How to do french pleats

Updated February 21, 2017

French pleats are the classic fan-shaped pleats at the top of pinch-pleated draperies. Use buckram behind the fabric to make stiff pleats. These crisp, stiff pleats look like the pages of an open book. They are appropriate for formal fabrics such as damask of taffeta. French pleats made with pleater tape, without interfacing, have a soft, rounded look that is appropriate for informal fabrics. You can pleat striped and plaid fabric along the lines of the print for an interesting effect.

Hem the sides of your curtains. Iron down a 10-inch hem in the top of your curtain. Open the fold and lay the fabric, wrong side up, on a large, flat surface.

Cut a length of buckram 6 inches wider than your curtain panel. Fold it in half and mark the centre with a pin. Align the bottom edge of the buckram with the crease you ironed in the fabric. Place the centre of the buckram in the centre of the fabric. Fold in the excess buckram at the sides. This provides extra stiffness at the sides of the curtain.

Fold the top of the fabric over the top of the buckram, then fold the fabric along the crease. You will have completely enclosed the buckram in fabric, with the original hem at the top of the panel.

Mark your pleats with pins. Start 2 inches from the edge and space the pleats evenly. Place the pins in groups of four, spacing them 2 to 3 inches apart. The pleats will be half as deep as the space between the pins. For example, to make 1-inch-deep pleats spaced 5 inches apart, place first set of pins 2, 4, 6 and 8 inches from the edge. The second group of pins would be 13, 15, 17 and 18 inches from the edge. The pleated sections should be larger than the unpleated sections. In the example, the pleated sections are 6 inches wide and the unpleated sections are 5 inches wide.

Bring the first pin to the second pin and stitch this pleat. Stitch the entire length of the buckram. Bring the third pin as close to this seam as possible and stitch in this pleat. Repeat for the fourth pin. Stitch all the remaining pleats in the same way.

Iron in all the pleats. Sew each set of three pleats together at the bottom. If desired, sew the tops of the pleats together. Insert pin hooks in the back of each pleat and at the edges of the curtain. The hooks should all be the same distance from the top edge. Hem the curtains as desired.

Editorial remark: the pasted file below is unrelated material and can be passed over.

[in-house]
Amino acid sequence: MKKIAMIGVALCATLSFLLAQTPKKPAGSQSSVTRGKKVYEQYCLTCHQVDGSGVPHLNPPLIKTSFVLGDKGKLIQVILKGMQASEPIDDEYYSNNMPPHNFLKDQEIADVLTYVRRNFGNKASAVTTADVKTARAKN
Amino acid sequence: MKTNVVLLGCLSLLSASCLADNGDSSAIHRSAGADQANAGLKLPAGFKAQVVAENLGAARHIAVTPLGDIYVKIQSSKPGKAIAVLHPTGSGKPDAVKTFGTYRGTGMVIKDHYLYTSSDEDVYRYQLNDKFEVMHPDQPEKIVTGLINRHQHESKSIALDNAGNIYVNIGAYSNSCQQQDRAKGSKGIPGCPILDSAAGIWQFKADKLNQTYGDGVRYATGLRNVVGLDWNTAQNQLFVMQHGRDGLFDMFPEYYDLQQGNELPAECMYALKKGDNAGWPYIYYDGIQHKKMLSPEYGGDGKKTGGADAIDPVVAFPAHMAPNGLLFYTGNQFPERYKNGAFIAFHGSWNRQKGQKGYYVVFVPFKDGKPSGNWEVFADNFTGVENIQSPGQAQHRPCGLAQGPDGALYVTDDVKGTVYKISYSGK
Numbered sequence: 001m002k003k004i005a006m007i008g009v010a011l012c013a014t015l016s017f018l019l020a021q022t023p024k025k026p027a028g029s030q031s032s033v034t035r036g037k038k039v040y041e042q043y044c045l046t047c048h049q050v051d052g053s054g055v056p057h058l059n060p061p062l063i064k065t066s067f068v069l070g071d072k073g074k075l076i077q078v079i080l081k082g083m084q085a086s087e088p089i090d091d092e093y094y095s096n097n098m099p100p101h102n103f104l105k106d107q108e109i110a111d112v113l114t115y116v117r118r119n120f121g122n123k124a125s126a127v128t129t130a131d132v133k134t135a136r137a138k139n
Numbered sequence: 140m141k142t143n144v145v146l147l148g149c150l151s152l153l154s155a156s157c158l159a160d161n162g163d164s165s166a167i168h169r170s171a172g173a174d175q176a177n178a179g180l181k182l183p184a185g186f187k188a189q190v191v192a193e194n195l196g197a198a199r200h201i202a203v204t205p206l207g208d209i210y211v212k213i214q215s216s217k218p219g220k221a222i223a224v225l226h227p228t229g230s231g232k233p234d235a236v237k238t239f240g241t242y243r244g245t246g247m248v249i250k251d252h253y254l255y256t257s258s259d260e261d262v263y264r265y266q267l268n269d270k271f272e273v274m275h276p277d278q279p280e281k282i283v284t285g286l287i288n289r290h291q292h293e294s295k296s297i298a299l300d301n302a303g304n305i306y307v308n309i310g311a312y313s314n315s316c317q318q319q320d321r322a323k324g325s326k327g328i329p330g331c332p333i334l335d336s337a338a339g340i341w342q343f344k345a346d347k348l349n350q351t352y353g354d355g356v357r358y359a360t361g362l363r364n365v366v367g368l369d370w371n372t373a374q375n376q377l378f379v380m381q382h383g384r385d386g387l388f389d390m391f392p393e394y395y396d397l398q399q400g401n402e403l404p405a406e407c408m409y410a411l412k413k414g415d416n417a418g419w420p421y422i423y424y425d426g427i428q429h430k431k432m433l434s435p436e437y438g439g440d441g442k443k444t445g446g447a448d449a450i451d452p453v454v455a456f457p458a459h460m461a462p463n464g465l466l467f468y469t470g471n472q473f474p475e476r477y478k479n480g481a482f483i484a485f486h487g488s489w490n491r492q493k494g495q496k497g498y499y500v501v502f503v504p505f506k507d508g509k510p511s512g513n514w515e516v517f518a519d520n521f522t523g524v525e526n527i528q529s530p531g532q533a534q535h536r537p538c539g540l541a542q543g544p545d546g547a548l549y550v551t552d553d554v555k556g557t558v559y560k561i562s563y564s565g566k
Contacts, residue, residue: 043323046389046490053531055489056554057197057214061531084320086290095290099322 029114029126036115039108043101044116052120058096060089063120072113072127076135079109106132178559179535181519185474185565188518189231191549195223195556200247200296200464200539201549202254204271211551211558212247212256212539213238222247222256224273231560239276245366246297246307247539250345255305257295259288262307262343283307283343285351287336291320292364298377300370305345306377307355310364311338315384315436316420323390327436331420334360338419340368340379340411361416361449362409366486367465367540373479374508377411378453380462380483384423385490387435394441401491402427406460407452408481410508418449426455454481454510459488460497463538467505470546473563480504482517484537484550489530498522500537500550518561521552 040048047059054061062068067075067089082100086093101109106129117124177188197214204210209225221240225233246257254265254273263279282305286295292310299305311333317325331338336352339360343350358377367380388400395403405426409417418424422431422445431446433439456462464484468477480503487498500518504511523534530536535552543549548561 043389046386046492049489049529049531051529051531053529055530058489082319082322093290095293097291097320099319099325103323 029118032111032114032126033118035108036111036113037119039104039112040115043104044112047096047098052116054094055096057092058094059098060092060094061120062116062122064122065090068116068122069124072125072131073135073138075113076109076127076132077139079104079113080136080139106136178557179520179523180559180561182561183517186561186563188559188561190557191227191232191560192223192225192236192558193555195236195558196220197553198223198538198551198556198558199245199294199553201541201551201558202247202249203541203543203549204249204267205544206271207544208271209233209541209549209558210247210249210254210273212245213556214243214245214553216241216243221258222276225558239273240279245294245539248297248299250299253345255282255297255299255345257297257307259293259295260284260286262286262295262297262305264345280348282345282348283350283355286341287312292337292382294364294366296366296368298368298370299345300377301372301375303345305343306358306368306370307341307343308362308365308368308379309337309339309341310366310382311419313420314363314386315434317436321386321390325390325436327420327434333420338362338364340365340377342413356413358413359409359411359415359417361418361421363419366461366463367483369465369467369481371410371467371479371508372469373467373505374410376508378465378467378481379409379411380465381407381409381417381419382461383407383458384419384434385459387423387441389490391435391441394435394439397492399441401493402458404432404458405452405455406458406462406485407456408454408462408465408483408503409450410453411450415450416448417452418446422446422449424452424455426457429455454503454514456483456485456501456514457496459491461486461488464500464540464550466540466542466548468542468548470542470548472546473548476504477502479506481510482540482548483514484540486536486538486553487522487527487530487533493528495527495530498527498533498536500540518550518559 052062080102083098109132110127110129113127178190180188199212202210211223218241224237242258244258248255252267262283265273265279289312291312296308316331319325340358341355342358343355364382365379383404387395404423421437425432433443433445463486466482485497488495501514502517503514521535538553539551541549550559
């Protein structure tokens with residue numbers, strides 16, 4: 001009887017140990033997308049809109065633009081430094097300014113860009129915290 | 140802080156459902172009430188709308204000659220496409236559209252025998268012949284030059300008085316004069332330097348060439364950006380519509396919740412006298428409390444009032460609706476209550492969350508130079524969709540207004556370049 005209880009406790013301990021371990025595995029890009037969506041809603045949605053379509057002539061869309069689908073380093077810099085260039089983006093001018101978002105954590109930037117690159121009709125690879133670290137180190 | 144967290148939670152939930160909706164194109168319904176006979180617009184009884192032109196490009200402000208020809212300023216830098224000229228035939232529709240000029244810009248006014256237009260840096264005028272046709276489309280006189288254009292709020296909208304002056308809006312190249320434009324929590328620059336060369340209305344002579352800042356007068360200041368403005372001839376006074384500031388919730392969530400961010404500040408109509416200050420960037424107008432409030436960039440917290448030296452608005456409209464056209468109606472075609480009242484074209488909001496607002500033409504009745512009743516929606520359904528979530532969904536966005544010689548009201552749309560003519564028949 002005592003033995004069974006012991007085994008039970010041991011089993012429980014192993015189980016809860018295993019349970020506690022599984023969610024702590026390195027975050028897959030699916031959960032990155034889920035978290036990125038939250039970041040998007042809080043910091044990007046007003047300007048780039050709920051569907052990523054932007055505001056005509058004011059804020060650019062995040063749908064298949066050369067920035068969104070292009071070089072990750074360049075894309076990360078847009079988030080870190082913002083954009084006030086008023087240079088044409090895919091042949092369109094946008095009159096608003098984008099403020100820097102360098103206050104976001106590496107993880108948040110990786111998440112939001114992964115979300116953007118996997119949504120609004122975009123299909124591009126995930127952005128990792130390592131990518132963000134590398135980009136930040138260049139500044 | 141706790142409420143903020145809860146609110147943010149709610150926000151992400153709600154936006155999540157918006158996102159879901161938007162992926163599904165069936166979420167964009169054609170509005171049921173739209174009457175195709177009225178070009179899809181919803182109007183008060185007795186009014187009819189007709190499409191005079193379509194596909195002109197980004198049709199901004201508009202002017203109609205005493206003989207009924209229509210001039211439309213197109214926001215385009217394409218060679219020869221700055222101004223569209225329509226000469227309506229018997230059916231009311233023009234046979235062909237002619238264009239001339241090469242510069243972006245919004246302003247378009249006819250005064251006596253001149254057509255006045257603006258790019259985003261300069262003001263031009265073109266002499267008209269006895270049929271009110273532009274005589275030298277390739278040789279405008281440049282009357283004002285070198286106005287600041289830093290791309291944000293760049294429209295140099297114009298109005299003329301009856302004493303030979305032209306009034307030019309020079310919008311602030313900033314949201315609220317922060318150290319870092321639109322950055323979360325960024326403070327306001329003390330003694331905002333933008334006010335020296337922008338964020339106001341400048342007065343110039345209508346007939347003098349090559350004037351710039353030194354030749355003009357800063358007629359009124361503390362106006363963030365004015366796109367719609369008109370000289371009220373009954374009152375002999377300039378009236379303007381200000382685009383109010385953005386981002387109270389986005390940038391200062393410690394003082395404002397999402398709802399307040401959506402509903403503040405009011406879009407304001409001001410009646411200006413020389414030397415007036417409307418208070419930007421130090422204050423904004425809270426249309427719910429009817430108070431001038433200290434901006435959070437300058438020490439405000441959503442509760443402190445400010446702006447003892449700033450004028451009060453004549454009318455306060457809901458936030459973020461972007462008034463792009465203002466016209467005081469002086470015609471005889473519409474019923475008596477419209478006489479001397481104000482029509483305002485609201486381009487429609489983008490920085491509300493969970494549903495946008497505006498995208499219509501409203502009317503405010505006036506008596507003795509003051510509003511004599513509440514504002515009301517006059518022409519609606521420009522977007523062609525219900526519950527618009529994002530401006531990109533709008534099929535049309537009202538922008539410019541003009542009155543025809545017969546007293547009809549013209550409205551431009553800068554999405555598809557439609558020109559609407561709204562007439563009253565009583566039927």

Hem the sides and top of the curtain panel. Cut a length of pinch-pleat tape the width of the panel. Be sure the centre of this piece of tape falls either in the centre of a set of pockets or halfway between two sets of pockets. This will ensure the pleats are evenly spaced along the curtain panel.

Fold under 1/2 inch on each side of the tape. Pin the tape to wrong side of the top of the curtain, 1/2 inch from the top edge. The opening of the pockets should face down.

Sew 1/4 inch from the edge along all sides of the tape. If your tape has the seam lines marked, sew along those lines.

Insert 3-prong pleater hooks into the pockets in the pleater tape. Turn the curtain over and pull the pleats out straight. If desired, sew the pleats together at the bottom. Insert pin hooks in the edge of the curtains. The hooks should all be the same distance from the top edge. Hem the curtains as desired.


If you wish to align your pleats with the pattern of the fabric you must use the first method. You may line the curtains before you begin pleating them.

Things You'll Need

  • Fabric
  • Iron
  • Measuring tape
  • Pins
  • Scissors
  • 6-inch-wide buckram
  • Sewing machine
  • Matching thread
  • Needle
  • Pin hooks
  • Pinch-pleat tape
  • Pinch-pleat hooks
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About the Author

Camela Bryan's first published article appeared in "Welcome Home" magazine in 1993. She wrote and published SAT preparation worksheets and is also a professional seamstress who has worked for a children's theater as a costume designer and in her own heirloom-sewing business. Bryan has a Bachelor of Science in chemical engineering from the University of Florida.